The SSJ75 would supplement and then replace the original SSJ100 in production, currently running at 34 airframes annually. As of June 2018, 127 aircraft were in operation with governmental structures and six commercial airlines in Russia and three foreign operators. In 10 years since its maiden flight on May 19, 2008, the type performed 275,000 passenger flights lasting over 420,000 flight hours
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    Post  Austin on Fri Jul 13, 2018 2:13 pm

    Russian Helicopters Looks To Grow Civil Sales
    by Vladimir Karnozov
    - July 13, 2018, 4:00 AM



    At Farnborough 2018, Russian participants are prohibited from exhibiting military wares. However, Russian Helicopters' new strategy seeks to grow the civilian sector to offset a drop in the defense orders. Without expanding its civil business, the manufacturer would not be able to increase its share in the global market for rotorcraft from 12.9 percent now to 19.4 percent in 2025, as the Kremlin commanded.

    Deputy minister for industry and trade Oleg Bocharov told AIN that the Russian government is keen to render “every kind of support” to local OEMs in their efforts to expand sales in the global marketplace. Bocharov led the national delegation to the Eurasia Airshow, held in Antalya three months ahead of Farnborough 2018, to attend the contract signing ceremony where Kaan Air became the first commercial operator in Turkey to select Russian rotorcraft. The company ordered three Kamov Ka-32A11BCs for delivery later this year with an option for four or five more. Bocharov said he sees this as another step forward for Russian Helicopters in expanding its sales to more of the world and building a wider customer base.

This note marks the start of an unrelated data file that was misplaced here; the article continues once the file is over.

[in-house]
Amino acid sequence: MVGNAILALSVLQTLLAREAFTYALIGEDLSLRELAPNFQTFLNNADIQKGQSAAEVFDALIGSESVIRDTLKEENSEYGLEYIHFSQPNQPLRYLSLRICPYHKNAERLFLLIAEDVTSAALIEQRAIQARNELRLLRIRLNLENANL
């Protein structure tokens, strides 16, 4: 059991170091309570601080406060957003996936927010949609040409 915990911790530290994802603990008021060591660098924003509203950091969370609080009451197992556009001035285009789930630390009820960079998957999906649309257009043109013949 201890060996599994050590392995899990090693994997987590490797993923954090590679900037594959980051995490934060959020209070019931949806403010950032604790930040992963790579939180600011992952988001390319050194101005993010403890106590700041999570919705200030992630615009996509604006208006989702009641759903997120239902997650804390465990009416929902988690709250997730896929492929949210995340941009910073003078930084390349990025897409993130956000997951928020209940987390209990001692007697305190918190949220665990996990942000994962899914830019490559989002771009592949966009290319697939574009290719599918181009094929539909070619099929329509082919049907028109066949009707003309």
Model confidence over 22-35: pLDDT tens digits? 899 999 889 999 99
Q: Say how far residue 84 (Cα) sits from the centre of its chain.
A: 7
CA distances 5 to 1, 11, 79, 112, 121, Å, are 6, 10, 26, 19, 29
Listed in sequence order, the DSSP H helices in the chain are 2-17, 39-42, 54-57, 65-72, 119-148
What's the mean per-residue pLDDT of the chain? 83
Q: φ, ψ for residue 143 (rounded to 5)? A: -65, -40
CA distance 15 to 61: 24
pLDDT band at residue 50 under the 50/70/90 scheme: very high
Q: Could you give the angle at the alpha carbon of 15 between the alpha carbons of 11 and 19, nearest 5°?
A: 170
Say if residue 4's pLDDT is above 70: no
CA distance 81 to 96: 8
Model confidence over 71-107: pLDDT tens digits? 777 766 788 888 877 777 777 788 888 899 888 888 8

Since Farnborough 2016, the Russian civil aviation authority Rosaviatsiya has signed agreements on mutual recognition of national certificates with its counterparts in Brazil, Canada, China, Cuba, India, Indonesia, Iran, Italy, Mexico, Mongolia, South Korea, and Turkey. Earlier this year, Rosaviatsiya signed an agreement with the European Aviation Safety Agency (EASA) to expand and deepen interaction on certificate recognition and airworthiness issues.

    “During the entire past year, there were no cases of non-recognition of our airworthiness certificates as foreign customers took delivery of freshly made Russian helicopters,” a Rosaviatsiya spokesman said. Moscow is seeking more agreements with various nations on certification issues and airworthiness by way of mutual trust to ease the way national certificates are recognized in the partner countries, he added. So far it has been going well; the only downside has been the low number of shipments actually made: a Mi-8MTV and a Mi-171 to Kazakhstan; and an Mi-26T and few Ka-32A11BCs to China.

    Military orders continue to dominate Russian Helicopters’ backlog. Last year, the Russian defense ministry and foreign armies took almost 150 rotorcraft, while civilian customers took fewer than 70. Yet the company’s CEO, Andrei Boginsky, expects military sales to decline in the coming years, so that the respective share would drop below 40 percent. At the same time, he anticipates that a more aggressive sales policy targeting commercial operators around the globe will boost the share of foreign orders to more than half of the company’s production output.